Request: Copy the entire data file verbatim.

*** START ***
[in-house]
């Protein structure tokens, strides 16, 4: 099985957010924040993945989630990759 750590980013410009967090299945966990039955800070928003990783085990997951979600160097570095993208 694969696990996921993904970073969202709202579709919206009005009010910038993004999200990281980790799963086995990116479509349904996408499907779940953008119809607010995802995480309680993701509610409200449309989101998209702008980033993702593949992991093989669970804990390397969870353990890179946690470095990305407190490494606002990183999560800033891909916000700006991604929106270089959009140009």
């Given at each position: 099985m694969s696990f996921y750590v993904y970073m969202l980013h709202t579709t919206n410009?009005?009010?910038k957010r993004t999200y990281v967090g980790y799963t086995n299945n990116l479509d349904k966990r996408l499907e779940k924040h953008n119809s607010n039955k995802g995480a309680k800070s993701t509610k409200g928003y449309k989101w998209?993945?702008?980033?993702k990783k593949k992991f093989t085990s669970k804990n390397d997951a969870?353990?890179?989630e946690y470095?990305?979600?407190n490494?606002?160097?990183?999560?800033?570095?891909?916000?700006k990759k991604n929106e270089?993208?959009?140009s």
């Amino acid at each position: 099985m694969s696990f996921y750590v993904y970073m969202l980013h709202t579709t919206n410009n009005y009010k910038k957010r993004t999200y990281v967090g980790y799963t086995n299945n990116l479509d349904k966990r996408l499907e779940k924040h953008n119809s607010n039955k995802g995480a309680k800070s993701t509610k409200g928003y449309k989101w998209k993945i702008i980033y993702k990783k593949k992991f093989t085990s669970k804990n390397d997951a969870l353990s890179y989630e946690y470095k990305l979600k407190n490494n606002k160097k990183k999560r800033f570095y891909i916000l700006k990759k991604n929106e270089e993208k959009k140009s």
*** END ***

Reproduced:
[in-house]
């Protein structure tokens, strides 16, 4: 099985957010924040993945989630990759 750590980013410009967090299945966990039955800070928003990783085990997951979600160097570095993208 694969696990996921993904970073969202709202579709919206009005009010910038993004999200990281980790799963086995990116479509349904996408499907779940953008119809607010995802995480309680993701509610409200449309989101998209702008980033993702593949992991093989669970804990390397969870353990890179946690470095990305407190490494606002990183999560800033891909916000700006991604929106270089959009140009």
């Given at each position: 099985m694969s696990f996921y750590v993904y970073m969202l980013h709202t579709t919206n410009?009005?009010?910038k957010r993004t999200y990281v967090g980790y799963t086995n299945n990116l479509d349904k966990r996408l499907e779940k924040h953008n119809s607010n039955k995802g995480a309680k800070s993701t509610k409200g928003y449309k989101w998209?993945?702008?980033?993702k990783k593949k992991f093989t085990s669970k804990n390397d997951a969870?353990?890179?989630e946690y470095?990305?979600?407190n490494?606002?160097?990183?999560?800033?570095?891909?916000?700006k990759k991604n929106e270089?993208?959009?140009s």
């Amino acid at each position: 099985m694969s696990f996921y750590v993904y970073m969202l980013h709202t579709t919206n410009n009005y009010k910038k957010r993004t999200y990281v967090g980790y799963t086995n299945n990116l479509d349904k966990r996408l499907e779940k924040h953008n119809s607010n039955k995802g995480a309680k800070s993701t509610k409200g928003y449309k989101w998209k993945i702008i980033y993702k990783k593949k992991f093989t085990s669970k804990n390397d997951a969870l353990s890179y989630e946690y470095k990305l979600k407190n490494n606002k160097k990183k999560r800033f570095y891909i916000l700006k990759k991604n929106e270089e993208k959009k140009s």